“Oh,” I said, “I, um, don’t have it.”
And that was the end of that. Back on the bus, a total failure. But I returned to the bank the next day, this time equipped with my passport. Make me sit there pointlessly for 3 hours once, shame on you. Make me sit there pointlessly for 3 hours twice, then you have a lot in common with the last two Lord of the Rings movies. Anyways, I ended up waiting a mere hour and a half on the second trip, before finally being called up to the teller.
(Apparently banks in China have notoriously poor service, due to the fact that they’re all government run. This leads to them being seriously understaffed and not particularly motivated by the ‘customer is always right’ mantra.)
“Nee Hao!” I said, enthusiastically. Then I tried to explain what was going on.
The teller was baffled. She called over the manager, who could speak some English. “What is the problem?” she asked.
“Well, it’s my fault, really. I can’t seem to remember my pin number.”
“I see,” she said, motioning to a keypad on the counter in front of me. “We can help you change it. Just type your pin number on the keypad.”
“Um, but that’s the problem. I don’t know it.”
She looked confused. “You don’t know it? Try to guess.”
I typed in a few numbers, again failing miserably. “Can’t you look it up in the computer or something?”
The manager practically burst out laughing at this suggestion. “It is your secret number. How are we supposed to know what it is?”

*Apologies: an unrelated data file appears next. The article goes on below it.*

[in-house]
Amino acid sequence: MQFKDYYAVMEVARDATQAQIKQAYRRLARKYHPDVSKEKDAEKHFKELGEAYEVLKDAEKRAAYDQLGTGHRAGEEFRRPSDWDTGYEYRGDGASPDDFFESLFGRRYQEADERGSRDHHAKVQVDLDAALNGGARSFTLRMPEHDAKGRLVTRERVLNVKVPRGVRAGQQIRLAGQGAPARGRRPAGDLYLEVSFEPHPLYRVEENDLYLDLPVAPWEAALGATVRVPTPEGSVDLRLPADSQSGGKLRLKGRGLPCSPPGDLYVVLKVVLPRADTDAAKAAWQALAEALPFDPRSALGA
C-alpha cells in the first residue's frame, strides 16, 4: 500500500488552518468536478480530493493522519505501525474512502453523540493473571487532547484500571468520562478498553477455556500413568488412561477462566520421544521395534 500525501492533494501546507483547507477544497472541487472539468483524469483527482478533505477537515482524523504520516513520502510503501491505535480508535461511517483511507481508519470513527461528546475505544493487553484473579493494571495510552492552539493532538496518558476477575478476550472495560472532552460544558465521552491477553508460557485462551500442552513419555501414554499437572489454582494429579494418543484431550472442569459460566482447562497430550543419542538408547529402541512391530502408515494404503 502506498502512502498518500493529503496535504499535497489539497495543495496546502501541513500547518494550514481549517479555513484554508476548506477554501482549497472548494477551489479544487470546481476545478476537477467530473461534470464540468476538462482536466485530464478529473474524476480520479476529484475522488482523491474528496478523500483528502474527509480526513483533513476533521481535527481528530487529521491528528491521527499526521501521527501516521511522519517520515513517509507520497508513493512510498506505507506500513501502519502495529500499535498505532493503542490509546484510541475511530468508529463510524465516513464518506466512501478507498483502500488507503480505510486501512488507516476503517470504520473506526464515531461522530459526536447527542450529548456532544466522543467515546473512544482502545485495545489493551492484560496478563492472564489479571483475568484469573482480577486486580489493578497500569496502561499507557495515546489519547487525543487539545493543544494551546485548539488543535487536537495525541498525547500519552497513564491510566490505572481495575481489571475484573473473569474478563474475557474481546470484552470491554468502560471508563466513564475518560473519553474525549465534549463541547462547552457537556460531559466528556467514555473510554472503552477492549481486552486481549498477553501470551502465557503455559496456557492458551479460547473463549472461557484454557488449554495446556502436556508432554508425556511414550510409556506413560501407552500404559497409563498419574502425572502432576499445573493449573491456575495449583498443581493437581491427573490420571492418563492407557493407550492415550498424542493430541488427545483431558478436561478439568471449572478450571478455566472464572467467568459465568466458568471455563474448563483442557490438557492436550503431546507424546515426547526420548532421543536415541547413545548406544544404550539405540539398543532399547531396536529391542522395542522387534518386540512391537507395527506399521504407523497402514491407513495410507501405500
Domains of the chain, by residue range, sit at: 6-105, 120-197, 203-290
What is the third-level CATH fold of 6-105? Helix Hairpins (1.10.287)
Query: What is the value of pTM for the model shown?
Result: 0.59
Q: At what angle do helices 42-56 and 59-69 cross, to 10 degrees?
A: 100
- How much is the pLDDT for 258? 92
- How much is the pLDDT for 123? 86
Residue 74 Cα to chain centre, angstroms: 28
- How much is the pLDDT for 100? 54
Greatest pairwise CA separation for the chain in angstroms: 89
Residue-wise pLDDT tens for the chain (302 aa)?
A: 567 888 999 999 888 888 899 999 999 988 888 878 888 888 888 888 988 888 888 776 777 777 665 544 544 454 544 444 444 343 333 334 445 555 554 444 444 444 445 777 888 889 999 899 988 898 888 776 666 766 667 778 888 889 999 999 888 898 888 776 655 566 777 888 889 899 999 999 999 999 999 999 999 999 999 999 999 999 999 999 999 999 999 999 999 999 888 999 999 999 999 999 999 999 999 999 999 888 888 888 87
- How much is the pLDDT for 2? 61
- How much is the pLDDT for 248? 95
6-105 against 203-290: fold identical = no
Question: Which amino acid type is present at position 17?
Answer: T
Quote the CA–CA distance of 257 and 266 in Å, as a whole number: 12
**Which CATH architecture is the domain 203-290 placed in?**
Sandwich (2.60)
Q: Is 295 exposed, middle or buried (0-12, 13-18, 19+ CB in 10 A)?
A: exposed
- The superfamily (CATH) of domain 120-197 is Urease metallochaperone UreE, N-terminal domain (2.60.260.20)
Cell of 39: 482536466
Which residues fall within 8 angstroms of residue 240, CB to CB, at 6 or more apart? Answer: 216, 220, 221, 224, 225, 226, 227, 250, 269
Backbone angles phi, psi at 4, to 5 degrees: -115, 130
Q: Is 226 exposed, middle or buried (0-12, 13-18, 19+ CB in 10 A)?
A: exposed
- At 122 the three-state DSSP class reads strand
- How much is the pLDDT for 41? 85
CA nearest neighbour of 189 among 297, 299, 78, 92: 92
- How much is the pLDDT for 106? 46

I stared at her like she was crazy, and she stared at me like I was crazy. “Because you’re the bank. You’ve got to have the number on file someplace…”
The teller twisted the computer screen to show me. “See?” the manager said. “In our computer system, in the password spot, it just says xxxxxx.”
“So how do I change it?”
“You can only change your password by typing in the original password.”
“What? This can’t be happening. Don’t you have a procedure for what happens when someone forgets their password?”
“But this has to have happened before? Are you telling me that nobody has ever forgotten their password before?”
“No,” she said. “You are the only one.”
She really said that, and she was serious. It was not a sarcastic statement. We decided, finally, that I would have to fill out a form declaring my card lost (or something to that effect), and in one week the bank would be able to wipe the pin number out of the system and replace it. “Fine,” I said. “While I’m here, though, I’ll need to withdraw some money.”